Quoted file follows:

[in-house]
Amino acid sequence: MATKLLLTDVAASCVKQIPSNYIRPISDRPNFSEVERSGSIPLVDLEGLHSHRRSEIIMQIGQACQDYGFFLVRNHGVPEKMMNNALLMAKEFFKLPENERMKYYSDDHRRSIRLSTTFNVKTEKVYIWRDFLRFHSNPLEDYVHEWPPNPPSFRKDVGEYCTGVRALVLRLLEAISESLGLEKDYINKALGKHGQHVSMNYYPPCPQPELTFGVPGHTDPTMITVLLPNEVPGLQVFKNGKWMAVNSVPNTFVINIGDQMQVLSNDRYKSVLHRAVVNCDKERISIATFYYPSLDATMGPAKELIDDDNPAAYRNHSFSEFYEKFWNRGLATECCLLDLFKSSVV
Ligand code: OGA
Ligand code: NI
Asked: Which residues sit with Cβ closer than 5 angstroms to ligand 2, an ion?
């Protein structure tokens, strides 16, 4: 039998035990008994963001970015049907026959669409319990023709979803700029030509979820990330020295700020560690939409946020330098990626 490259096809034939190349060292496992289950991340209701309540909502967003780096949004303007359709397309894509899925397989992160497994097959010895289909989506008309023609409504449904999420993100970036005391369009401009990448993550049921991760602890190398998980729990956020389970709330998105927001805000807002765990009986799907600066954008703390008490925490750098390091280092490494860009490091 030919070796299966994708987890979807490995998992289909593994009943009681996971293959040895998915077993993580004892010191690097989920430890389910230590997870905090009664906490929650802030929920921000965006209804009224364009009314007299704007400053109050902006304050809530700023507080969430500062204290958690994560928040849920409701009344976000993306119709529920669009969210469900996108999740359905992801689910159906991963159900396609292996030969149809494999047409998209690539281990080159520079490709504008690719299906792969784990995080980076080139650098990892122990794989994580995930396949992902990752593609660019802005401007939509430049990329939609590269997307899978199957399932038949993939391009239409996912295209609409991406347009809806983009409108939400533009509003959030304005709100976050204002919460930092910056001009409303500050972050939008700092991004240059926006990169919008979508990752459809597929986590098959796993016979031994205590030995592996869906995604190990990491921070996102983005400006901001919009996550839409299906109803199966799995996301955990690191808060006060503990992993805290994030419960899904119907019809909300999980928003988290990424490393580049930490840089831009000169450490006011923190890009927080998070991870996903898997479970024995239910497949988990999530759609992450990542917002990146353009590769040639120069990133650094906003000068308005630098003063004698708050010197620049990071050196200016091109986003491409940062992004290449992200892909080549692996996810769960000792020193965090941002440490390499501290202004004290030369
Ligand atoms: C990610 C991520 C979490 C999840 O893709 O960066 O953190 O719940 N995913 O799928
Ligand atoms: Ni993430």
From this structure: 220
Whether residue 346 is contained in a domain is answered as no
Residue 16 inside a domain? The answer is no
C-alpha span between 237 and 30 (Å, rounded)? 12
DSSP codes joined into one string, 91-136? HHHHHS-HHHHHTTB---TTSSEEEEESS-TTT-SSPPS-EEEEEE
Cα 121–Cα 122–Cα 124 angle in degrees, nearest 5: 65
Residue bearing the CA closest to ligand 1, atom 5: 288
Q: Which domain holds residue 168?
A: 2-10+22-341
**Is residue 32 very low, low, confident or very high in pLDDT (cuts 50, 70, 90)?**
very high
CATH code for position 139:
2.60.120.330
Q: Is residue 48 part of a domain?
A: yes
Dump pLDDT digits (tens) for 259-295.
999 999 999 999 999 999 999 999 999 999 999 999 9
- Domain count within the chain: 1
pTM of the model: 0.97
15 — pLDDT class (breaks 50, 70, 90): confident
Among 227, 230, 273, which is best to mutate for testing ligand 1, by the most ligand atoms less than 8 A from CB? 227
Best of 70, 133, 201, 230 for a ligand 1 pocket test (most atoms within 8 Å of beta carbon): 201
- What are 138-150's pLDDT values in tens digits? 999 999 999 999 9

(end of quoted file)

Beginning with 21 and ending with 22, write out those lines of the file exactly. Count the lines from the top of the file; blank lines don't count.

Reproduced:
2.60.120.330
Q: Is residue 48 part of a domain?